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Private equity firms increasingly buying into behavioral health, study finds

Buying and selling behavioral health practices proves attractive to investment firms seeking quick profits, but some experts say the trend is not good for consumers or the public
May 7, 2024

Private equity firms have bought a growing share of behavioral health and substance use disorder services nationwide, a new study finds, even as experts sound increasing alarm that private equity ownership prioritizes profits over the quality of care.

The study, led by an Oregon Health & Science University medical doctor, tracked the number of behavioral health practices acquired by private equity firms from 2012 to 2023, using a variety of data sources. It found that more than 6% of behavioral health practices and 7% of substance abuse disorder practices are now owned by private equity entities, although the percentage varies from state to state. In Oregon, the penetration is at the low end, at 2.3% for mental health and 4.6% for substance use disorder, while in some other states more than one fifth of these types of practices are owned by private equity, the study found.

The vast majority of the purchases took place in 2018-23.

Dr. Jane Zhu, an OHSU research and lead author on a new study on private equity's acquisition of behavioral health practices. 

It is unclear what impact private equity ownership has on behavioral health and substance abuse facilities, including the quality of care, said Dr. Jane Zhu, who co-authored the study along with OHSU’s Emmanuel Greenberg, University of Pennsylvania’s Marissa King and Yale University’s Susan Busch.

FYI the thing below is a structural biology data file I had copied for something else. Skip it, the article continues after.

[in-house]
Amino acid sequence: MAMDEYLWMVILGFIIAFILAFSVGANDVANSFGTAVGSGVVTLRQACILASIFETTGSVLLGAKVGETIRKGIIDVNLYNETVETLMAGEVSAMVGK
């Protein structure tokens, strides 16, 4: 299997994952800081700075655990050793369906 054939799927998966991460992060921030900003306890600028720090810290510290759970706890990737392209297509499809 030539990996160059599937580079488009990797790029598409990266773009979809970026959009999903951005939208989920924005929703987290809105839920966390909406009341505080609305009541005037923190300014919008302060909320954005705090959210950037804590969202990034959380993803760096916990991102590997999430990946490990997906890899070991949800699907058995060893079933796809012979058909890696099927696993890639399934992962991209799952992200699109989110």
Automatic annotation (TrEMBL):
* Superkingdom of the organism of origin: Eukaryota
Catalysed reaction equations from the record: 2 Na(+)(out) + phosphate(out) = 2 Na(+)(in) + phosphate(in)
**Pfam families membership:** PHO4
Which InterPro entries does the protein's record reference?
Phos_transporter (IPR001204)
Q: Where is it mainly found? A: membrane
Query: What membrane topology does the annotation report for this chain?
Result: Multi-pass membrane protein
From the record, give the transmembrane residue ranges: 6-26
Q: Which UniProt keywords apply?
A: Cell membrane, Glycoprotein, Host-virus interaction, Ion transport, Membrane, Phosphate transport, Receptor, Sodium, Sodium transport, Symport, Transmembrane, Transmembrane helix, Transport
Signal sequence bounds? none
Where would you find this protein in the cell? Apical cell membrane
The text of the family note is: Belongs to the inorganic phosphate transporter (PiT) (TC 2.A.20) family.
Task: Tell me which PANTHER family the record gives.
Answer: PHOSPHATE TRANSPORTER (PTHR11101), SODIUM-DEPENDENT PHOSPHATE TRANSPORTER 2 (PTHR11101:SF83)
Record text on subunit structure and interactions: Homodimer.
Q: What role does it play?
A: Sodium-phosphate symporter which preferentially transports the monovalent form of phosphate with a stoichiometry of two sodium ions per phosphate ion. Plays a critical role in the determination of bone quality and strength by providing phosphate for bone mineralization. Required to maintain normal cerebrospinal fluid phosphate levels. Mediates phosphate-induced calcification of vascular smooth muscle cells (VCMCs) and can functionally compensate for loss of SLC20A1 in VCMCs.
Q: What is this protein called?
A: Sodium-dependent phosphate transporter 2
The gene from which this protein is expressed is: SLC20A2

But other research Zhu has carried out documented that prices rise after private equity firms buy health care clinics.

Behavioral health and substance-abuse practices are likely attractive acquisition targets because of increased money flowing to the work, improved health insurance coverage, increased demand from patients, and legislation that mandated parity of behavioral health care, the study said.

For-profit corporate acquisition of health care providers has drawn rapidly-increasing attention from lawmakers, researchers, advocates and others. 

But because health care mergers and acquisitions are scantily regulated, there’s a lack of comprehensive data about deals and ownerships.

 “There’s very little transparency,” Zhu told The Lund Report. 

“It’s likely that we’re underestimating the scope of the behavioral health acquisitions,” she added, calling the report “as close as possible to a complete picture.”

Oregon is among the most aggressive states in monitoring health care business deals. The state in early 2022 launched its Health Care Marketplace Oversight program. Created by state legislators, the program screens large deals to see if they will degrade health care services or unduly raise prices. The state can reject deals that don’t serve the public interest, but has not done so yet. Nationally, about half a dozen states monitor health care business deals, although some of the programs are skimpy. Nevada, for example, simply requires entities to file disclosure paperwork in advance of a merger or purchase.

However, earlier this year a bill in the Oregon Legislature intended to curb corporate control of the practice of medicine died in the face of industry opposition.

State Rep. Ben Bowman (center), along with Dr. Bruce Goldberg (left) and former Gov. John Kitzhaber speak during a hearing on a bill to limit large corporations' role in medicine.

In March, the federal government launched a fact-finding inquiry into private-equity and other corporate control over health care. The inquiry is being led by the Federal Trade Commission, the Department of Justice’s Antitrust Division, and the U.S. Department of Health and Human Services. “The cross-government inquiry seeks to understand how certain health care market transactions may increase consolidation and generate profits for firms while threatening patients’ health, workers’ safety, quality of care, and affordable health care for patients and taxpayers,” the FTC said in announcing the probe. To date, the public has filed more than 1,400 comments.